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The Global Emergence of Community Drones (2012–2017)

Centro de Investigaciones en Geografía Ambiental, Universidad Nacional Autónoma de México, Antigua carretera a Pátzcuaro No. 8701, Morelia CP 58190, Michoacán, Mexico
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Drones 2019, 3(4), 76; https://doi.org/10.3390/drones3040076
Received: 21 March 2019 / Revised: 1 October 2019 / Accepted: 3 October 2019 / Published: 6 October 2019
The use of drones with or by communities—what we call community drones—has emerged globally over the last decade to serve diverse purposes. Despite a growing academic interest in community drones, most experiences have been documented as gray literature and there are still no publications that review and systematize their use worldwide. Here, we present an overview of the first experiences using community drones—what we refer to as their global emergence (2012–2017). We reviewed gray and academic literature in English and Spanish for the period 2012–2017. We then analyzed the experiences according to their location, date, purpose, type of drone(s) used, agent(s) that carried them out, and methodology used for community participation; “good” and “bad” practices were also included when information was available. We reviewed 39 experiences and found that (1) they mostly occurred in Latin America from 2014; (2) commercial and multirotor drones were the most frequently employed; (3) the main purposes were community training to acquire territorial information for improved defense and/or informed decision-making; (4) most initiatives were driven by external agents and communities’ allies; (5) the most usual forms of community participation were participatory mapping and training workshops, yet local knowledge was either neglected or little valued to complement drone information; and (6) there were no appropriate practices established for community drone usage. Our study improves the little knowledge we have regarding the global emergence of community drones, its geographic trends, and the existing opportunities and challenges to meet the needs and expectations from community drones. In addition, we provide guidelines for appropriate practices that will be useful for communities and social agents interested in the acquisition, training, and use of drones. We conclude by suggesting new avenues to develop theoretical and methodological approaches in relation to the new field of community drones. View Full-Text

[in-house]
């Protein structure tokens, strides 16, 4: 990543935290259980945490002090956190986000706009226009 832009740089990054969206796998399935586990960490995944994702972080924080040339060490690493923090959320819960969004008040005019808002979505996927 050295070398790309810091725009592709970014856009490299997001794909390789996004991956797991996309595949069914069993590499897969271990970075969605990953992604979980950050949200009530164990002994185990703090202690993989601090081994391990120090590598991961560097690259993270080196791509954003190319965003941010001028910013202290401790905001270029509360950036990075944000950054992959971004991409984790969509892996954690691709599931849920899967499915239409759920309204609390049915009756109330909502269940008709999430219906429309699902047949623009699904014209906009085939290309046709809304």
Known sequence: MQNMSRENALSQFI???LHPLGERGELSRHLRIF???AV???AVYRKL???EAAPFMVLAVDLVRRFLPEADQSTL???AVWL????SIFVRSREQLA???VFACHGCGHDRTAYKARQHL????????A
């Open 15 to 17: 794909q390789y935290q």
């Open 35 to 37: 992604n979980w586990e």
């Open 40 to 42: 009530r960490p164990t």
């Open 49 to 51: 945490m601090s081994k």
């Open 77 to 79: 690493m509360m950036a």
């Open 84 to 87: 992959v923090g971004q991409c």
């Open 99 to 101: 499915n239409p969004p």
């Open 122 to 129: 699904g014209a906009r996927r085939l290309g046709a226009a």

Keywords: citizen science; community-based natural resource monitoring; grassroots innovation; indigenous and local communities; local knowledge; participatory mapping; participatory action-research; remotely piloted aircraft systems (RPAS); unmanned aerial systems (UAS); unmanned aerial vehicles (UAVs) citizen science; community-based natural resource monitoring; grassroots innovation; indigenous and local communities; local knowledge; participatory mapping; participatory action-research; remotely piloted aircraft systems (RPAS); unmanned aerial systems (UAS); unmanned aerial vehicles (UAVs)
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MDPI and ACS Style

Vargas-Ramírez, N.; Paneque-Gálvez, J. The Global Emergence of Community Drones (2012–2017). Drones 2019, 3, 76. https://doi.org/10.3390/drones3040076

AMA Style

Vargas-Ramírez N, Paneque-Gálvez J. The Global Emergence of Community Drones (2012–2017). Drones. 2019; 3(4):76. https://doi.org/10.3390/drones3040076

Chicago/Turabian Style

Vargas-Ramírez, Nicolás; Paneque-Gálvez, Jaime. 2019. "The Global Emergence of Community Drones (2012–2017)" Drones 3, no. 4: 76. https://doi.org/10.3390/drones3040076

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